• Samantha Conyers

5 essential tips to bring your Voice of the Customer programme to life

Updated: Jan 27


At the end of 2019, Forrester predicted that in 2020, “organizations will either learn to leverage customer insights and quantify the business impact of CX initiatives or find themselves in a vulnerable position.” Now you might be thinking, forecasts about 2020? but Forrester, as usual, was spot on about CX. Customer Experience continues to prove to be a competitive advantage in every industry, from banking and insurance to healthcare, telecom, and retail.

We have conducted a series of research at EXCO to understand the economic, socio-economic and personal impacts of COVID19 in Trinidad and Tobago. Part of the conversation asked respondents to share the impact of COVID19 on their buying behavior. The results, unsurprisingly were aligned to global findings; increased concerns for savings (34%), 70% of respondents being financially impacted and a rise in mental health concerns (10%).


We all ‘know’ behaviour has changed, after all – hasn’t ours? But can you quantify (or even put into words) the change itself? How many of us are actually measuring, tracking, understanding and taking note of the impact of this change on our customers?


I keep happening upon articles or comments that claim “surveys are dead”. I get it, if you are one of the lucky few that are advanced in the BIG DATA and A.I space where we can actually predict experiences, churn and even customer emotions based on integration of multiple IT stacks, operational KPI’s and insights from customer feedback, then yes – your need for traditional CX ‘surveys’ would be less now than a few years ago. However, I have real concerns about such broad statements and where I sit, surveys are not dead, they simply need to evolve.

Firstly, it is no longer about surveys, it is about conversations with people; real people, real time. In today’s wildly changing and less ‘personal’ environment, it is essential to have some insights into people's ACTUAL experiences, not what traditional KPI’s tell us or what our internal teams (or worse or gut instincts) perceive them to be.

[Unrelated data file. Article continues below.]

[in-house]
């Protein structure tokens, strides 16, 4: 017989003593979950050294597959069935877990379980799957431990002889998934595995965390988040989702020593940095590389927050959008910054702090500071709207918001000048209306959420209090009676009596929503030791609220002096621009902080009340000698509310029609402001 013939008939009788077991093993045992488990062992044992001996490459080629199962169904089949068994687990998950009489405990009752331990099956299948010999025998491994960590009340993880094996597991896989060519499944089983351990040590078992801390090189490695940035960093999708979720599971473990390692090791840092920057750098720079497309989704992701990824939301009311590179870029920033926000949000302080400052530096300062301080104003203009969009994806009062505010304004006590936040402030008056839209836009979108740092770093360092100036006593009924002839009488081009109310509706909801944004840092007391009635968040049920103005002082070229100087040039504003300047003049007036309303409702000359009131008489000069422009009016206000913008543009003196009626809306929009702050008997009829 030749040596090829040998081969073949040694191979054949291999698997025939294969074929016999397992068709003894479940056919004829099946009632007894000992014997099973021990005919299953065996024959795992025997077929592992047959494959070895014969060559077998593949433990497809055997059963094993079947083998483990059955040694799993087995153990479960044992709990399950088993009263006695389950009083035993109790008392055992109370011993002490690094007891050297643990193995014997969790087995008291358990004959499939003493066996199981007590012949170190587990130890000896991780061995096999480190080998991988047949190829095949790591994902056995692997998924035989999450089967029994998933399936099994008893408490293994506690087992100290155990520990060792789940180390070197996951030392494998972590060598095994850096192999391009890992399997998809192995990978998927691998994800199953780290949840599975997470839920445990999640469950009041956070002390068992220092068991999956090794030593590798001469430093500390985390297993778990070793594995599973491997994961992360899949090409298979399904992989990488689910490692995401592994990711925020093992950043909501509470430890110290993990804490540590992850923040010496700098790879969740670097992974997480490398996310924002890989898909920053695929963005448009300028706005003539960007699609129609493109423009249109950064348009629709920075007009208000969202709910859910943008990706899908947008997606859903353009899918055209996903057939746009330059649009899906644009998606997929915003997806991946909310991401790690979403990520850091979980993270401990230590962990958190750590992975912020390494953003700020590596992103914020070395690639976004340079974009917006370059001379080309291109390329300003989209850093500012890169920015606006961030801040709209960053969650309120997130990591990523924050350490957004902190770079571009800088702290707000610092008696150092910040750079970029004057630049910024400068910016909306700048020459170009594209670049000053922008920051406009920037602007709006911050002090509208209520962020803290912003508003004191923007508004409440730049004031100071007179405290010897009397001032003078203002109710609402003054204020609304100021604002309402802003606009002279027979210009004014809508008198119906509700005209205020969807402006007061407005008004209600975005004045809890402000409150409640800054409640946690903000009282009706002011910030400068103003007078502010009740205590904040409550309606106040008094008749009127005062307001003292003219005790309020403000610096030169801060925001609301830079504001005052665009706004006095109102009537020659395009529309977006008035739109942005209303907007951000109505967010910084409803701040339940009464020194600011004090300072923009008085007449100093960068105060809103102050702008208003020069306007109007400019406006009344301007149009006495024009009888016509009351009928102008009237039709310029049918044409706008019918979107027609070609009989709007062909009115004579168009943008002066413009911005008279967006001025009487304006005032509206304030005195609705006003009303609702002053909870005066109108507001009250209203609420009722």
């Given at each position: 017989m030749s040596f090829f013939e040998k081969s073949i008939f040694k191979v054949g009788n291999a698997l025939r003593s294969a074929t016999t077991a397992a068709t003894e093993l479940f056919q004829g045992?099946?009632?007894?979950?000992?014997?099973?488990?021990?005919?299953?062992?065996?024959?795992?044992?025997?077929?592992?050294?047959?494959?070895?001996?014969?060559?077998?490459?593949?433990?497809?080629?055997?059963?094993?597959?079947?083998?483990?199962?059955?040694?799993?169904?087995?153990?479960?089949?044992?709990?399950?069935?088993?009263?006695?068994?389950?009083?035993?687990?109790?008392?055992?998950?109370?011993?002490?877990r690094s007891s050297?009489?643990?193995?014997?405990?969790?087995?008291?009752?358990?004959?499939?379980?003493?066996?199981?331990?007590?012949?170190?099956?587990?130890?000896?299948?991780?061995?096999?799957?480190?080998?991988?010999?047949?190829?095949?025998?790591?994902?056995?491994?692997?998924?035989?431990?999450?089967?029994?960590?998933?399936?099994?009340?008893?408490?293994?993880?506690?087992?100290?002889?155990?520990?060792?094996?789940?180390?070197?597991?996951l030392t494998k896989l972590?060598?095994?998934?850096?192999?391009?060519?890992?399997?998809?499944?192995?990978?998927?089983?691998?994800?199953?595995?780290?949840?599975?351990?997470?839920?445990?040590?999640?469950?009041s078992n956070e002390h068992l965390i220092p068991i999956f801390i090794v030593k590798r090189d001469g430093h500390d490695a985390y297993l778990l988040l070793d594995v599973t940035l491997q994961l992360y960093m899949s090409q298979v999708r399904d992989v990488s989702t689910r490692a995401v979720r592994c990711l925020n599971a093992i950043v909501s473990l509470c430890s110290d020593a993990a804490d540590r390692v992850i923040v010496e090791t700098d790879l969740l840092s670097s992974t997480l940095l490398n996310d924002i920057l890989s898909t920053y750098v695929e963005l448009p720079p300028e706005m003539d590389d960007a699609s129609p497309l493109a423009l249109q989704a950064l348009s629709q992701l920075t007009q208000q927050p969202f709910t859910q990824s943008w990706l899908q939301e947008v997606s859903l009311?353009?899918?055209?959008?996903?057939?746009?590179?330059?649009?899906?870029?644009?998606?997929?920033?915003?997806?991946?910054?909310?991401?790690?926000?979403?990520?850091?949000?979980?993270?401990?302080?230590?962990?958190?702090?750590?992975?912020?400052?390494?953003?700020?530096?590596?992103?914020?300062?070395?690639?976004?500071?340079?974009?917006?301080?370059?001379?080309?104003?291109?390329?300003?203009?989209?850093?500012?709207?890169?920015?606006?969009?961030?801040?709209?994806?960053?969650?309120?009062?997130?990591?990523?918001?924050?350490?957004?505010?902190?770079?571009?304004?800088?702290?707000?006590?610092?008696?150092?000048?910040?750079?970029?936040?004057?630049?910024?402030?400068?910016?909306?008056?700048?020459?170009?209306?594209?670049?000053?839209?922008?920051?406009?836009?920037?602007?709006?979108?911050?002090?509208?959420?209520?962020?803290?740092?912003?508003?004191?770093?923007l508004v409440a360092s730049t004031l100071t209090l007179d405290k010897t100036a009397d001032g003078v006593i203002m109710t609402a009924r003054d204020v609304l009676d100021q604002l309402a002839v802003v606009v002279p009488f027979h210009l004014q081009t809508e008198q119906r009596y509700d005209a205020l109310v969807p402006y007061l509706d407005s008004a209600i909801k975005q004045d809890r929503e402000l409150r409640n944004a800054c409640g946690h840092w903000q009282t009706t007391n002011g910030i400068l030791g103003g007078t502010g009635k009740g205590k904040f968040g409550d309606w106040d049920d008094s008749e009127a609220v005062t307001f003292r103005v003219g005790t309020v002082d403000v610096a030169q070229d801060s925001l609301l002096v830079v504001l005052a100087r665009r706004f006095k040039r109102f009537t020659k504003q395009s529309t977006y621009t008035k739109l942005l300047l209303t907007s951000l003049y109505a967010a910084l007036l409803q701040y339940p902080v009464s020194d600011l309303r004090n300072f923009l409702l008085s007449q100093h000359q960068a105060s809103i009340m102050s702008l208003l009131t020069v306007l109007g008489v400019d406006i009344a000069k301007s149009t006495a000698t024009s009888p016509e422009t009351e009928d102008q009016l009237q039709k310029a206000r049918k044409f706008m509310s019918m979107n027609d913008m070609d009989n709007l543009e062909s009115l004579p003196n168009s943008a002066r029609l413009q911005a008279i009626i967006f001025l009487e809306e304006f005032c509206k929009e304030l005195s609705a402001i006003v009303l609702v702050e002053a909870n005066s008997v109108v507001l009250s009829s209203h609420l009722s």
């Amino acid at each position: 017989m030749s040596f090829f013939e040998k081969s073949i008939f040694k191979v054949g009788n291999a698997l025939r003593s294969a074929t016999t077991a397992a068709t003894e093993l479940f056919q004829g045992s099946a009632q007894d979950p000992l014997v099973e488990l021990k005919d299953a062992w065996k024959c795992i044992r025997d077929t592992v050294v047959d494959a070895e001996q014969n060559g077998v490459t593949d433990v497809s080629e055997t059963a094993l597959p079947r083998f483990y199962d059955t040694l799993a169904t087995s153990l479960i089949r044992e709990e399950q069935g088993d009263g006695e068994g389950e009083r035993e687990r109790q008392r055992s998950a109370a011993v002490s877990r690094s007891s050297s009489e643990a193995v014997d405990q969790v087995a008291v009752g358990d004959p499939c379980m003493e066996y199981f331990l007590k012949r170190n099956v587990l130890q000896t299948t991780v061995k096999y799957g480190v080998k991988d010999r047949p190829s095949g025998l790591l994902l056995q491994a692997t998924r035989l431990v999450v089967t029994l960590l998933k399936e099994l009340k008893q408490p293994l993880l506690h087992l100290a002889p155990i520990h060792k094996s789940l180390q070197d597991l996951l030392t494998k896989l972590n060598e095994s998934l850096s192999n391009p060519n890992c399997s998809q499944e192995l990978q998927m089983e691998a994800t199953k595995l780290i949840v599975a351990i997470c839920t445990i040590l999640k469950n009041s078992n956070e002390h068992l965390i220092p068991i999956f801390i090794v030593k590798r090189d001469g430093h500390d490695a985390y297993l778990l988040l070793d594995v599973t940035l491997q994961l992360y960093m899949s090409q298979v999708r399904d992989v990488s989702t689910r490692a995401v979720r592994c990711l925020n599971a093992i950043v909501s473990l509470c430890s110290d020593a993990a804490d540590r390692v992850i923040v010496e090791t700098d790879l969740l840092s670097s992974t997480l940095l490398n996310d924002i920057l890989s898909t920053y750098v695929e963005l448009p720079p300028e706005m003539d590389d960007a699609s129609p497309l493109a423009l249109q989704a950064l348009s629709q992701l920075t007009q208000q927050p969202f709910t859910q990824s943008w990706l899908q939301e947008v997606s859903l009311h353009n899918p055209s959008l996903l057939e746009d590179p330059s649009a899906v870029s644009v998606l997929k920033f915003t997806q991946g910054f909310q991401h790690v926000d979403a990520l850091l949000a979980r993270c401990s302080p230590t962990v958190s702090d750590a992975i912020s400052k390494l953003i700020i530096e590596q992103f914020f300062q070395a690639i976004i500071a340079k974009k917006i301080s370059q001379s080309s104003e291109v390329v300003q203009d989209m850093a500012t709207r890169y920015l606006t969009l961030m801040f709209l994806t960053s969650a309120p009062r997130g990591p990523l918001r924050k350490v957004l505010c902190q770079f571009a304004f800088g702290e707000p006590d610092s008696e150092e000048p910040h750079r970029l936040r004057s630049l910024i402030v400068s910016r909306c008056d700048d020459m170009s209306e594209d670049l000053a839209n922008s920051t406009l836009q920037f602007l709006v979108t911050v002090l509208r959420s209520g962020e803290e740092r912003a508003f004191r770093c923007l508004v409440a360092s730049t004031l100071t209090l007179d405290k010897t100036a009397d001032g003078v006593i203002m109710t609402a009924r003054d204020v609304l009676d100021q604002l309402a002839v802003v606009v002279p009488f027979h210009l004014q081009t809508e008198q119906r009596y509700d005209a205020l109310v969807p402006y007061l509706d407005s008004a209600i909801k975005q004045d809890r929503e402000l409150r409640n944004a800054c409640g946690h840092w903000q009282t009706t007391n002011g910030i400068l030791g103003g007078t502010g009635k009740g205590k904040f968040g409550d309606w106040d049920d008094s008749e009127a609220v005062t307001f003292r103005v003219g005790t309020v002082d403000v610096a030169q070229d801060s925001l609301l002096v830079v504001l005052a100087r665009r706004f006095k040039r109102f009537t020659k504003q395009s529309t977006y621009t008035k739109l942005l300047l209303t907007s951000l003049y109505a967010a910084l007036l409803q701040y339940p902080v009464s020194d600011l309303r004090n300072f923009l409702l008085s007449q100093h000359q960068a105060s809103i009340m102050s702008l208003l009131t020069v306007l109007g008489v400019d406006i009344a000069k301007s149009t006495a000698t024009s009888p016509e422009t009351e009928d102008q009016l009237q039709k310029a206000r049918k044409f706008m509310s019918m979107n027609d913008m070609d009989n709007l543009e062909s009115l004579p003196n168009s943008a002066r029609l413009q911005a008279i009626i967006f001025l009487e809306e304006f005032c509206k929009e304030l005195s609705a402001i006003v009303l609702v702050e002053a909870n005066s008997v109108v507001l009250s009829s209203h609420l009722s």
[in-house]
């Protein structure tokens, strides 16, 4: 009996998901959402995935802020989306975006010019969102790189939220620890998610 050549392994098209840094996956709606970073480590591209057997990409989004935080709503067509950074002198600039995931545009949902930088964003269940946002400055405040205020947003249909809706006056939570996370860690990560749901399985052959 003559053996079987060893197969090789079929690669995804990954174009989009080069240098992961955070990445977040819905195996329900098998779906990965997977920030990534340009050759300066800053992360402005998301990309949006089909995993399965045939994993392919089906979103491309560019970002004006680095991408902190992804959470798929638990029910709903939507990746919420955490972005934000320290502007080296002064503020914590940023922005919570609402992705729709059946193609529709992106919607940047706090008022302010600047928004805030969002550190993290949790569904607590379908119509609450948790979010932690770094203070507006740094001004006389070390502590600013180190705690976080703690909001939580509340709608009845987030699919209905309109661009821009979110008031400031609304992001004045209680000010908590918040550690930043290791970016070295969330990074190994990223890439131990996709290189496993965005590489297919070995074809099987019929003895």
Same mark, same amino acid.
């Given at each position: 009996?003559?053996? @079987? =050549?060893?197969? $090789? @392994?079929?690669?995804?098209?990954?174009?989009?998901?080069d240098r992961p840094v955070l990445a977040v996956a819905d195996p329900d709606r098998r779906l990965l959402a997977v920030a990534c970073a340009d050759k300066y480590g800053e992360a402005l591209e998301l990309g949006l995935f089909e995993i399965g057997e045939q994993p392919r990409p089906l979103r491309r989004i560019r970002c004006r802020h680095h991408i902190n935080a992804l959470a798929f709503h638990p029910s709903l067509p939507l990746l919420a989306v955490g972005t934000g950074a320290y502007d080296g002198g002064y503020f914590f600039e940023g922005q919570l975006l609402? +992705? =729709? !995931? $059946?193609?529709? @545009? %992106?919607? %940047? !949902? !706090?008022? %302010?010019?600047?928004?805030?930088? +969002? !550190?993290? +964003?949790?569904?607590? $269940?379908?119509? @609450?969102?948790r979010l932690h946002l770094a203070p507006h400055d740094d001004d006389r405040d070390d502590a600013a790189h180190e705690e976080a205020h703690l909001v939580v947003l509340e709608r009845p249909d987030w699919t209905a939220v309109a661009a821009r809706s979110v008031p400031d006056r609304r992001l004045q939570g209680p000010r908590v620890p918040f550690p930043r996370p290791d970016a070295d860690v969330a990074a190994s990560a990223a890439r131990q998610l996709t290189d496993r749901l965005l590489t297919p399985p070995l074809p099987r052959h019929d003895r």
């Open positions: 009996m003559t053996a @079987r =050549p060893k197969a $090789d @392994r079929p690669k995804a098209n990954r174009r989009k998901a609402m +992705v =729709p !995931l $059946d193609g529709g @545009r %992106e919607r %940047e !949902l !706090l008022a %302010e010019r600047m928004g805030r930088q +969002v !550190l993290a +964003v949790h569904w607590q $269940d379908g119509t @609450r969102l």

Second, when done right, feedback is a critical and often missed element of Customer Journeys. We used a ‘survey’ to confirm the impact of COVID19 on the Customer Journey. So now, how do we develop, prioritize and execute strategies that align with the specific touchpoints in said journeys? Voice of the Customer (VoC) data and the insights we garner from same removes the guesswork when it comes to understanding customer goals, expectations, pain points, and related ideas and creates total visibility into the end – end journey all the while allowing us to measure and manage from an internal perspective.

Finally, success is more than just the bottom line, the bottom line is the end result. A key indicator of the health of your business is measured by your customers and their related experiences. How many businesses have we seen finding themselves in trouble because of negative reviews or viral complaints? Customer Centric businesses use VoC programmes to reach out and communicate with their customers and track the experience they are having across multiple interactions. This feedback can be used to confirm (or deny) that your strategy is working, it is not just what you are doing wrong, but what you’re doing right.

Information is power! With the right knowledge, employees – both front and backstage can deliver extraordinary and personalized experiences. Customer-facing staff, those delivering the experiences, will have direct access to feedback from customers that they interacted with, and management is empowered with insights for training, and metrics for reward and recognition programmes. Back-office teams, those designing or enabling the experiences are empowered with real data to know their customers a little better ensuring more successful product launches, iterations, and ultimately uptake.